Our most anticipated new releases of 2022

The big screen is firmly back in town in 2022 and with so many hotly anticipated new films scheduled for release this year, there's a lot to look forward to. To whet our appetites, we spoke to those in the know — our Programming team — to find out which films they're most excited for in 2022.


Allan Hunter, Glasgow Film Festival Co-Director

Killers of the Flower Moon

The first X-certificate film I ever saw was Boxcar Bertha. Not quite when it came out in 1972 I hasten to add but half a century later every new Martin Scorsese film still feels like an event. Three years after The Irishman, I can’t wait to see what Scorsese and his very impressive cast (Jesse Plemons, Di Caprio, DeNiro etc) have made of the David Grann bestseller on the FBI investigation into real-life murders of the Osage tribe in 1920s Oklahoma. Scorsese has described it as his first western which makes it all the more intriguing.

Where The Crawdads Sing

Delia Owens' novel was one of those books you eagerly recommend to all your friends and that you can vividly picture in your mind. No pressure on director Olivia Newman as she brings it to the screen. Daisy-Edgar Jones (Normal People) has the plum role of Kya, the young woman surviving the harshest of lives alone in the desolate marshlands of North Carolina. A combination of murder mystery, romance and tender coming of age tale that should make for an unforgettable film.

Chris Kumar, Glasgow Film Festival Programme Coordinator

Red Rocket

As soon as the credits rolled on The Florida Project, I was already anticipating what director Sean Baker would dream up next. Sean has a track record for keeping things simple with his filmmaking and how he manages to create such vivid stories that pop on screen is a joy to behold. With Red Rocket, Sean clearly has no intention to veer away from the style that has brought him so much success and I am really intrigued to see lead actor Simon Rex (of Scary Movie fame) flourish on screen in what many are calling a career rejuvenating performance. Sean has the knack when it comes to delving into the heartland of American society and emerging with stories that are as comedic as they are cutting.


One of the big surprises coming out of festivals in the latter half of 2021 for me was Zalava.

The story of a small town in Kurdistan that is gripped with fear over the possibility of demons in their midst is the recipe for a truly unique look at how mob mentality can cause fear to override common sense. Arsalan Amiri’s directorial debut is full of black humour and audiences are sure to be gripping the arms of their seats as tensions rise to feverish levels amongst the townsfolks. No spoilers here but I will say that after watching Zalava, a glass jar will never look the same again.

Sam Bennett, Glasgow Film Festival Programme Assistant


Shin Su-won’s Hommage is one of those films that sticks with you. It tells the story of a female filmmaker, Ji-wan, struggling in the film world when she is asked to help restore an archive film made by one of the first female filmmakers in South Korea. The project starts as a chore, but it becomes a journey of self-discovery and a mission to restore the film to its former glory. Hommage highlights the plight of women in the film industry and society, but it is more than that. The film acts as a love letter to cinema and the ongoing fight to keep it alive. For me, Hommage feels like a hug to all that love the wonder of cinema.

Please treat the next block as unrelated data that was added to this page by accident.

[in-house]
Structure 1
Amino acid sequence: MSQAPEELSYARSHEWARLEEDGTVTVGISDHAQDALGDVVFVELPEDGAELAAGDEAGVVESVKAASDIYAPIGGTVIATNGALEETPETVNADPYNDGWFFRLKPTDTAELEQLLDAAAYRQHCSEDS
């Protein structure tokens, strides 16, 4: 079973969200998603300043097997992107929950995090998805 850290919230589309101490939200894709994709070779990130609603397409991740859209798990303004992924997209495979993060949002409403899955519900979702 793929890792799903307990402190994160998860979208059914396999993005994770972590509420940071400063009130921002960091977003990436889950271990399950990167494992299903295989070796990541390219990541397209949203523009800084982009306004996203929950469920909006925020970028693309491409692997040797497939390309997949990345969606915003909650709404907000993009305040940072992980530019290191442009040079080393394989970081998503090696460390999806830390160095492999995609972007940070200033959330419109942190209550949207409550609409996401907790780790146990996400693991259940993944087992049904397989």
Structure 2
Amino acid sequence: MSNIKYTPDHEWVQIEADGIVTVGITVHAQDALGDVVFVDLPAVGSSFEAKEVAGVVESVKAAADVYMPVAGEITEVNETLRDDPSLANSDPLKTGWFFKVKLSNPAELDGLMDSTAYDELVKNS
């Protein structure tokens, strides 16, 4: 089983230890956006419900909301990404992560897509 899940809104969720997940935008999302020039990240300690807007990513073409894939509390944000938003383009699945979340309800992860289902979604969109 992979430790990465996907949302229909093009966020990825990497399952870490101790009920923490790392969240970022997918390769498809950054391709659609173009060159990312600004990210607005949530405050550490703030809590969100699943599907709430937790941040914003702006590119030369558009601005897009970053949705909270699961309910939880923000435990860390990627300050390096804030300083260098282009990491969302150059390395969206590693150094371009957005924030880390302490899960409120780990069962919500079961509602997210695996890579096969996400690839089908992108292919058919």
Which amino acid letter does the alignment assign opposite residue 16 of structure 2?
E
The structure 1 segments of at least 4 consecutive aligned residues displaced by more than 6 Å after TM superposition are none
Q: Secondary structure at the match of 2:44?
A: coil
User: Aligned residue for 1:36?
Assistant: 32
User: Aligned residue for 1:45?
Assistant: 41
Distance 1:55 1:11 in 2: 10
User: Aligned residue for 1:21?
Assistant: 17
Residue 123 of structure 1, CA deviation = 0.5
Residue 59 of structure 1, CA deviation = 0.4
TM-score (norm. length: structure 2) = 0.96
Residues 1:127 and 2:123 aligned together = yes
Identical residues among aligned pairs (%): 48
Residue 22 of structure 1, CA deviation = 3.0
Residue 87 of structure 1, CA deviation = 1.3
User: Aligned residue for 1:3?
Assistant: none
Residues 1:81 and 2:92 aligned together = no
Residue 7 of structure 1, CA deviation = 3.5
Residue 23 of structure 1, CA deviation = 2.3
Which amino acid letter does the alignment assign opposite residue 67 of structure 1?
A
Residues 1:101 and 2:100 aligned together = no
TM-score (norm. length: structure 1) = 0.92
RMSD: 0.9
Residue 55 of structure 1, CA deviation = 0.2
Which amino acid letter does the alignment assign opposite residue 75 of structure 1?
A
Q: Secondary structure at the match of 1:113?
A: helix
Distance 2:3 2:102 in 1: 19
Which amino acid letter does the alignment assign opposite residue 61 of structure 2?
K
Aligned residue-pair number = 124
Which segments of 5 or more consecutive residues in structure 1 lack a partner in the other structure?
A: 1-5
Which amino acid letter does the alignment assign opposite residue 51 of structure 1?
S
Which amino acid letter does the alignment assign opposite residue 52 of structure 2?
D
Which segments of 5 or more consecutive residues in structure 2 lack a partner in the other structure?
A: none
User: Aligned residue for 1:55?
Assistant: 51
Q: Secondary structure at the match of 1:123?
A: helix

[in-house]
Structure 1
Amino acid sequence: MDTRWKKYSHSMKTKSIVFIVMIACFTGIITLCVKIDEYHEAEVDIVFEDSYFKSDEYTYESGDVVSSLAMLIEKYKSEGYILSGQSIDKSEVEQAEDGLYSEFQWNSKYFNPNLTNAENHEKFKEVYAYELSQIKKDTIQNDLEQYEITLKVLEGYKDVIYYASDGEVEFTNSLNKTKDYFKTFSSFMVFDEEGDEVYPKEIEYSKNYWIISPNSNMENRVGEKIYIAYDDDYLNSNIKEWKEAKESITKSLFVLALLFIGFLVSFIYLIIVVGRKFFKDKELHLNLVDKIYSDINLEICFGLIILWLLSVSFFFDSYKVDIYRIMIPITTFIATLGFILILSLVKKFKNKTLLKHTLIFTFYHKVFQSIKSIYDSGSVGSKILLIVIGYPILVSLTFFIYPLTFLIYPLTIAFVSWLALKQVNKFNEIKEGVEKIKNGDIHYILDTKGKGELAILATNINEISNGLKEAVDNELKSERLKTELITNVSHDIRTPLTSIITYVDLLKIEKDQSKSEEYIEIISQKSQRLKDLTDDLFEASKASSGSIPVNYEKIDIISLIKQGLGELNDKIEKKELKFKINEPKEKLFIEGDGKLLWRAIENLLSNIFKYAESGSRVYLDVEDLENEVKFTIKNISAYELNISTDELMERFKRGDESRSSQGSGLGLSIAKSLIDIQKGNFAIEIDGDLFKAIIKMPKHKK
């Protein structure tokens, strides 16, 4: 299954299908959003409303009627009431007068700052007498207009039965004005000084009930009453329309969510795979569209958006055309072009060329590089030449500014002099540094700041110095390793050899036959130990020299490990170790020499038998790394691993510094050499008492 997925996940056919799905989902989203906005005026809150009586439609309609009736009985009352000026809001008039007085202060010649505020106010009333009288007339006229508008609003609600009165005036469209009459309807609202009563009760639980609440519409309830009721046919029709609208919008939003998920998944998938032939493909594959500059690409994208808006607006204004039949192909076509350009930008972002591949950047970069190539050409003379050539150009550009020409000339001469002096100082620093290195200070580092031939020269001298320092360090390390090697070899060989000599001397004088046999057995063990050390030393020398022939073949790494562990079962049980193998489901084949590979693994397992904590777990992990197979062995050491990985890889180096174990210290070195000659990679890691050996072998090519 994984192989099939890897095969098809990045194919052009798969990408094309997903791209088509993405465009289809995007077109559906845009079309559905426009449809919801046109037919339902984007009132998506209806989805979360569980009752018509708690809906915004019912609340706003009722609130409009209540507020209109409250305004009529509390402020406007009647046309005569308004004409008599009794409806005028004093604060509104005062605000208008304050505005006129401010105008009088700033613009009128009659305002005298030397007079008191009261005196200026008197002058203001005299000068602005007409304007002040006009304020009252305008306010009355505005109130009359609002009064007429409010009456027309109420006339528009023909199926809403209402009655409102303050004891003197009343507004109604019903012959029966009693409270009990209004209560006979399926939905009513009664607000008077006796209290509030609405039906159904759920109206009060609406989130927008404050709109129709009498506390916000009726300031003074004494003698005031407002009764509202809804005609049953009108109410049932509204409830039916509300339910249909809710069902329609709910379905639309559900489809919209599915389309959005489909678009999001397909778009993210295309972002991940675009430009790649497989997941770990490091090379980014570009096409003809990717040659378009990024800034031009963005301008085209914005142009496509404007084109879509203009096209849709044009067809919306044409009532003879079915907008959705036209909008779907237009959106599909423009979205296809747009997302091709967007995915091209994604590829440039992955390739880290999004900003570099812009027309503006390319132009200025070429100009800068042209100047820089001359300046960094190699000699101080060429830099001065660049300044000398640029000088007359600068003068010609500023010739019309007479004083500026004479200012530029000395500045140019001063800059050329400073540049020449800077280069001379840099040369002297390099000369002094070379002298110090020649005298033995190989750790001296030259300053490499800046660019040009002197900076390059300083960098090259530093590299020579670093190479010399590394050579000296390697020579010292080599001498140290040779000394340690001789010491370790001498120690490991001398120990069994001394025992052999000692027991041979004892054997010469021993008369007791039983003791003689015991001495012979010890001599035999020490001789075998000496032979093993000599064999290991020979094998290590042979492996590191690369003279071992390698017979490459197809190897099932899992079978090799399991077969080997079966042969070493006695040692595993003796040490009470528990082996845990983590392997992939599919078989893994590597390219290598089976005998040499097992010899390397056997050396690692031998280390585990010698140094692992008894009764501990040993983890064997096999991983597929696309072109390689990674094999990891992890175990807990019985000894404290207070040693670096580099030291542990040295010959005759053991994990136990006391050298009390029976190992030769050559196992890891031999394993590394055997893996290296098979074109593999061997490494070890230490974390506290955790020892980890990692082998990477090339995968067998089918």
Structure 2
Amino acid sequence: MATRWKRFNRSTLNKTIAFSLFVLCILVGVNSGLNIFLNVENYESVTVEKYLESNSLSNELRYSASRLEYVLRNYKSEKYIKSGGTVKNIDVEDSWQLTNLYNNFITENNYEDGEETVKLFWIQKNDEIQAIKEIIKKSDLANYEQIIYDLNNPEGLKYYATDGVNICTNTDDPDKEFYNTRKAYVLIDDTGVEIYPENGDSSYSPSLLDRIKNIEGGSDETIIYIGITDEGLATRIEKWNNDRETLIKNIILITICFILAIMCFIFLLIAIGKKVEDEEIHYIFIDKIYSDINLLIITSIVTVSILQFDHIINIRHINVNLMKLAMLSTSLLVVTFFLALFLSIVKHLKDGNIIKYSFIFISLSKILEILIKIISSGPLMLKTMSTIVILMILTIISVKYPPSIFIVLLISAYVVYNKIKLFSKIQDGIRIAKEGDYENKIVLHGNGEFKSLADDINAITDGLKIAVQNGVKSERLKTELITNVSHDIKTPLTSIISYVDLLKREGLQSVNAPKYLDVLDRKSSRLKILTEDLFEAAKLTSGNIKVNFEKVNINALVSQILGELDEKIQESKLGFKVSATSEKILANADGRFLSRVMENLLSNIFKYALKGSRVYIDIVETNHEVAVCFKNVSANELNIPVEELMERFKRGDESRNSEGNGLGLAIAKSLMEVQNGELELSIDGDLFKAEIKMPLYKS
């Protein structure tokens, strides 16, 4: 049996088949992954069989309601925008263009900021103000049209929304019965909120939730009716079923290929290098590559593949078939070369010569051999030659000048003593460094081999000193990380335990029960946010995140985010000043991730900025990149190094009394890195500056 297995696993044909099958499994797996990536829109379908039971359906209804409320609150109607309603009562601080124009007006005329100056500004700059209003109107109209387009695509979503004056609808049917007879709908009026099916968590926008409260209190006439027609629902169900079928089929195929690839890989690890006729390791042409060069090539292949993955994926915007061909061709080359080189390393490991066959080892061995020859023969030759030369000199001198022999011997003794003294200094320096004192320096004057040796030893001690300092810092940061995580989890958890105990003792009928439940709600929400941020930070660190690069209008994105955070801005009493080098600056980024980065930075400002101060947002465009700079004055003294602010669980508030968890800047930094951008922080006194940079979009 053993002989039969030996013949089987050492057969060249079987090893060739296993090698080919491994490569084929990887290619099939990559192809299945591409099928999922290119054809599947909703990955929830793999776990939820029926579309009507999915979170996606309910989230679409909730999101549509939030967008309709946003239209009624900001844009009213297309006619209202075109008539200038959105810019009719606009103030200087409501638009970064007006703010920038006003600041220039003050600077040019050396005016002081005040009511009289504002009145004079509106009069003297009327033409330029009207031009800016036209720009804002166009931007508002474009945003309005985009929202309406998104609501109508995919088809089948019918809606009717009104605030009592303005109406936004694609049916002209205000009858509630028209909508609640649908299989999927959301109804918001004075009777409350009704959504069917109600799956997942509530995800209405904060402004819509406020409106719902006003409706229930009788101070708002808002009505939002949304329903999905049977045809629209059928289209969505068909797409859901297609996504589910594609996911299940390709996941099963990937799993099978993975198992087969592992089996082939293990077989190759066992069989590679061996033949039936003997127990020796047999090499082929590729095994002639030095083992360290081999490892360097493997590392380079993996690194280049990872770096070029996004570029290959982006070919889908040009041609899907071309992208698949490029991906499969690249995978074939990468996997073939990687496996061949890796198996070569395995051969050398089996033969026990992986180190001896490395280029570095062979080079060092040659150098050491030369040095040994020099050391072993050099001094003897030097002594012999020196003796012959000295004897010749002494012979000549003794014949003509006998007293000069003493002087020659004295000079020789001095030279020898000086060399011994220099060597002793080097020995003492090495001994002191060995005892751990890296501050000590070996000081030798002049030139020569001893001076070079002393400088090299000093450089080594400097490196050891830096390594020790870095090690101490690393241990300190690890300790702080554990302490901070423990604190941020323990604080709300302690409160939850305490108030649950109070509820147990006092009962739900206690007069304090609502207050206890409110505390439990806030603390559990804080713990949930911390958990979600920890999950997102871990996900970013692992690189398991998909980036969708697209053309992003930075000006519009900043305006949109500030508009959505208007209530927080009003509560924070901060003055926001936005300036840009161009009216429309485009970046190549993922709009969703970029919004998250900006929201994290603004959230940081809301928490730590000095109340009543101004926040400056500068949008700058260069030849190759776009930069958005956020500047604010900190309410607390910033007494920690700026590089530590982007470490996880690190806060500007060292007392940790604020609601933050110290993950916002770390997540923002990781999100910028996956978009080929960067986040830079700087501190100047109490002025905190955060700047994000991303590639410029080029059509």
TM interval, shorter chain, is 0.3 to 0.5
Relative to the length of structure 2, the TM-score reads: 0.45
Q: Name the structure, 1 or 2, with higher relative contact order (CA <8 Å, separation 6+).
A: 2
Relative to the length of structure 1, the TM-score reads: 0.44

Bruno Reidal, Confessions of a Murderer

Vincent Le Port has taken a French true-crime case from over 100 years ago and turned it into a terrifyingly chilling portrayal of the mind of a murderer, Bruno Reidal. You are edged slowly into the inner workings of Bruno, and his metamorphoses into a brutal killer. Every new slither of information makes Bruno all the more terrifying. As the film comes to an end, you look at the crime from a new perspective. This film should be avoided by those faint of heart, but true-crime fans will not be disappointed.

Paul Gallagher, GFT Programme Manager

The Worst Person in the World

I have been a fan of Norwegian director Joachim Trier's unique, character-centred filmmaking since discovering his second film Oslo, August 31st at London Film Festival in 2011. He has made several films since then (including 2015's Louder Than Bombs, which he brought to Glasgow Film Festival), but it's this one, the third in his loose 'Oslo Trilogy' that has seen him celebrated on the festival circuit like never before. Lead actress Renate Reinsve won the top acting prize at Cannes for her performance as the somewhat adrift young woman at the centre of the story, and that's all I know about it. I've resisted reading any reviews as I want to see this as fresh as I can, and I can't wait til it comes to UK cinemas on 25 March.


It's been 10 years since Andrew Dominik (The Assassination of Jesse James) has had a new narrative film in cinemas. This could be the year that he returns, with this long-in-development, long-in-production project. It's an adaptation of the book by Joyce Carol Oates, an in-depth, fictionalised telling of the inner life of Marilyn Monroe. I haven't read the book, but I'm excited at the prospect of the film because Dominik seems the ideal filmmaker to take on this ultimate American icon and show us something we haven't seen before. Ana de Armas stars, and following her brilliant turn in Knives Out and stealing No Time to Die from Daniel Craig, she seems perfectly poised for something really meaty, which this will undoubtedly be.

What are you most looking forward to seeing in 2021? Tell us your top picks on Twitter @glasgowfilm.

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